General obligations of the landlord

In the last few articles, we have presented several obligations of tenants to their landlords, namely Restoration of the dwelling to good condition as we approach the 1stst July and responsibility for minor repairs.

Now, let's discuss in general terms, what are the landlord's obligations to his tenants?

General obligations of the landlord

The Civil Code of Quebec imposes five major obligations on landlords, including :

  1. Delivery of the dwelling in a good state of repair [art. 1854, al.1]
  2. Enjoyment of the premises [art. 1854, al.1]
  3. Guarantee the use for which the dwelling is rented [art. 1854, al.2]
  4. Ne pas changer la forme ou l’usage du logement [art. 1856]
  5. Make necessary repairs, except for minor repairs [art. 1864]

1. Delivery of the dwelling in good condition

The obligation to deliver implies that the landlord is required to give the tenant the leased property on the date agreed to in the lease. In practice, and unless otherwise stipulated at the time of signing the lease, the landlord should be able to hand over the keys on the start date of the lease and allow the tenant to move into his or her new residence.

In addition, this obligation requires that the leased property be restored to a state of good repair. However, in practice, it is difficult for a landlord to restore the dwelling to a good state of repair when a tenant leaves the 1st July and the new one arrives immediately thereafter. Thus, at the pre-move-in inspection, the parties usually agree on a reasonable time frame and the work to be done.

2. To provide the use of the premises

This obligation on the part of the landlord relates to two types of disturbances: disturbances of fact due to factual circumstances and disturbances of rights which are legal in nature.

De facto disturbances generally take the form of neighbourhood or health problems. In this case, the landlord is not required to compensate for the damage resulting from the de facto disturbance that a third party causes to the enjoyment of the property. However, the landlord may be liable if the third party is also a tenant of the property or is a person to whom the tenant allows use of or access to the property. In the latter case, the lessor must take the necessary steps to put an end to the prejudice and the latter may claim the damages caused or obtain a termination of the lease of the person at fault.

For legal troubles, the landlord is responsible for securing the tenant's rights in the leased property. Thus, another party could not claim to have rights against the rights of the tenant. An example would be a neighbor claiming to have a right to the use of a parking lot.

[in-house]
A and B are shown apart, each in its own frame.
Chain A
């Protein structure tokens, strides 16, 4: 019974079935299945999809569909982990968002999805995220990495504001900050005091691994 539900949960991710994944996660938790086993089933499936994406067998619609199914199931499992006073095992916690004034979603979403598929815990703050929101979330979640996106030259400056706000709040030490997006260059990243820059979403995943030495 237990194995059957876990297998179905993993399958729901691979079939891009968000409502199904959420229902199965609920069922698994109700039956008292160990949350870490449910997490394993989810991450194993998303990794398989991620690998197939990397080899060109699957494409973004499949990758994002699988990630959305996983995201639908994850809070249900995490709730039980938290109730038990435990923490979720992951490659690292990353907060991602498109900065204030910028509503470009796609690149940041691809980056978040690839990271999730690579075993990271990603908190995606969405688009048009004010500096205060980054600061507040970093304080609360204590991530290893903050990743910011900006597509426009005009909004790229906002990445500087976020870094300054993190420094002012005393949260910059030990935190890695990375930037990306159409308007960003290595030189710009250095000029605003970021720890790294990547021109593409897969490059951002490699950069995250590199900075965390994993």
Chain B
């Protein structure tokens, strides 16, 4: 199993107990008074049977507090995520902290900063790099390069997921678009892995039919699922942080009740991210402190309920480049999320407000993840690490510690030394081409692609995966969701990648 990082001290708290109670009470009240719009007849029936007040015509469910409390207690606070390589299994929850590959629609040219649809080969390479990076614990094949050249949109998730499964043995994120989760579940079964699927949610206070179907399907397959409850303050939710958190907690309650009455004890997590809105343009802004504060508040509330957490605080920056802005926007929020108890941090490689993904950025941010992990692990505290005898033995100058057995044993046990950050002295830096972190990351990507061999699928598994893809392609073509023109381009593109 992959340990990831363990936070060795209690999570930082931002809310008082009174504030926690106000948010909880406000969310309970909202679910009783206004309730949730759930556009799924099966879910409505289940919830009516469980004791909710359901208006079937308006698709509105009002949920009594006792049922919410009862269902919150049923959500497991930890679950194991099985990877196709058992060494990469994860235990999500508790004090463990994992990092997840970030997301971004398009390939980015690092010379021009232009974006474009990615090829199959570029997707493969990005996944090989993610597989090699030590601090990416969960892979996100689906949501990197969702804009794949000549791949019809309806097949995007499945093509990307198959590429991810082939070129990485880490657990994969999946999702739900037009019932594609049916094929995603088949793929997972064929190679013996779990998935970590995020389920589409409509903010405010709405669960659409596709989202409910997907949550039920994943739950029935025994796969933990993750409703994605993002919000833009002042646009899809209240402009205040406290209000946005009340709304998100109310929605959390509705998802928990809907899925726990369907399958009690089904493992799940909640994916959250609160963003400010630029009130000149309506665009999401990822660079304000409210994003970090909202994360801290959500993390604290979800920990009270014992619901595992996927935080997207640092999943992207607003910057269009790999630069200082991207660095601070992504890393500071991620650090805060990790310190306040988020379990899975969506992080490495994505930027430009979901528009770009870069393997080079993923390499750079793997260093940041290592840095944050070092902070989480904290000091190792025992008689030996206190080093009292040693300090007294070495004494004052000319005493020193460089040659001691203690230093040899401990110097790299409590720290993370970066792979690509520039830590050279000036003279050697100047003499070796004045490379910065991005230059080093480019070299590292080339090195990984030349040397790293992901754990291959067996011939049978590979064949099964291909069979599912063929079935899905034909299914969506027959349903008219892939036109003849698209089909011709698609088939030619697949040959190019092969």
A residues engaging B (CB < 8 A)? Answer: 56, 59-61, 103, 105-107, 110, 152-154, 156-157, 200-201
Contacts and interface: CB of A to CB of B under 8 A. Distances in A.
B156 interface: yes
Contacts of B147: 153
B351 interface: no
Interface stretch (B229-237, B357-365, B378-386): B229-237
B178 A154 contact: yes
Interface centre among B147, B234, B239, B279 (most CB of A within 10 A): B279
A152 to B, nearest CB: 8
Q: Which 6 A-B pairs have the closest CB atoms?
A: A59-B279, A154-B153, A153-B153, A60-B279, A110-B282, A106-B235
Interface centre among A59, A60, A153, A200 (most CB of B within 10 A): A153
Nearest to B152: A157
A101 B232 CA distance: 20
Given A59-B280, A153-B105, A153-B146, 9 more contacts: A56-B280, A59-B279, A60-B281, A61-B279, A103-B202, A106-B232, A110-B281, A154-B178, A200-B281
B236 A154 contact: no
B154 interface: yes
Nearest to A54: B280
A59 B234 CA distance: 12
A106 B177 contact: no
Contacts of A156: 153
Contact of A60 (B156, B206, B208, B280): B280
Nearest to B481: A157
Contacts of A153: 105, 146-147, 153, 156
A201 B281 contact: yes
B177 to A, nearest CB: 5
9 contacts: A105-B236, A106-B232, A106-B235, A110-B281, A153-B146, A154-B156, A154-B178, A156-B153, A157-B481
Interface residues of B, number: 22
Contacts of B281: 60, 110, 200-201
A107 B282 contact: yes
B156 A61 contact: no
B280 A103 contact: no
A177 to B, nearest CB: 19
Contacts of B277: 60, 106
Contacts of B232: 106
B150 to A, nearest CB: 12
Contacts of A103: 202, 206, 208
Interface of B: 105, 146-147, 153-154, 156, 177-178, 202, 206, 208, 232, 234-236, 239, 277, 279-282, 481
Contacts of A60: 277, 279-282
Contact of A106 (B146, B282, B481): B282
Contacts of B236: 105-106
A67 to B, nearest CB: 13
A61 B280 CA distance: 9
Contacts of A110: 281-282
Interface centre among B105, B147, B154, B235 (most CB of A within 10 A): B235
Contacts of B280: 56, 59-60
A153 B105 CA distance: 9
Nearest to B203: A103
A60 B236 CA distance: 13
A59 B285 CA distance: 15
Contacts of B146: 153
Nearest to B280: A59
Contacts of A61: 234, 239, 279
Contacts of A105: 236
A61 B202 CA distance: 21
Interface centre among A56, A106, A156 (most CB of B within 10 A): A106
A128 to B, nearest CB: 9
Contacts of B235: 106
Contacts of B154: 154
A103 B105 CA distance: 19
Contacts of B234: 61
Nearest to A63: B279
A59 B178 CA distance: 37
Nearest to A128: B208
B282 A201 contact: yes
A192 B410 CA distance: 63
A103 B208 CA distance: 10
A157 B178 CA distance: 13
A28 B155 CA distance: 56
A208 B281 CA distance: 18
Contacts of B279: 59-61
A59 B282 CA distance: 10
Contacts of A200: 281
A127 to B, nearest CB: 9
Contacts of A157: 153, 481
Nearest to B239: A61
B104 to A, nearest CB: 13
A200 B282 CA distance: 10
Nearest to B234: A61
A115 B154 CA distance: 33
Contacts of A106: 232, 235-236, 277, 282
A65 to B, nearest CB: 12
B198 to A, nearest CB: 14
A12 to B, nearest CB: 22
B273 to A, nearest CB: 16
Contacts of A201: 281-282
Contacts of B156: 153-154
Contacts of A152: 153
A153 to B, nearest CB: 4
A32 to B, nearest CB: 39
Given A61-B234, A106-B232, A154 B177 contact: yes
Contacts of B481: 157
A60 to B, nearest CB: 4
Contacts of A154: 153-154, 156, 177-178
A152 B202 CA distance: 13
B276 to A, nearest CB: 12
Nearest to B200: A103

3. Guarantee the use for which it is rented

The duty of use is, in practice, the landlord's obligation to warrant to the tenant that the property is fit for the purpose for which it is leased, namely habitation, and to maintain it for that purpose throughout the term of the lease.

On the other hand, the landlord cannot be held liable if the tenant fails to inform the landlord of the deterioration or dilapidation of his or her dwelling to the point where he or she can no longer live in it.

4. Do not change the form or use of the dwelling

The lessor and the lessee may not, during the course of the lease, change the form or destination of the leased property. This obligation is therefore shared between the parties.

Thus, they cannot make any major change that would alter the leased property or the use of the premises during the course of the lease. For example, knocking down walls, totally changing the appearance of the property, or the tenant could not make it a tourist residence.

5. Make necessary repairs, except for minor repairs

We discussed this obligation in another article entitled "Who is responsible for minor repairs?"

In summary, the landlord is required, during the course of the lease, to make all necessary repairs to the leased property, with the exception of minor maintenance repairs, since these are the responsibility of the tenant, unless they result from the dilapidation of the property or from force majeure.

Let's remember, to name but a few, that painting during the lease as well as the cleaning of ventilation or air conditioning filters are the responsibility of the tenant.

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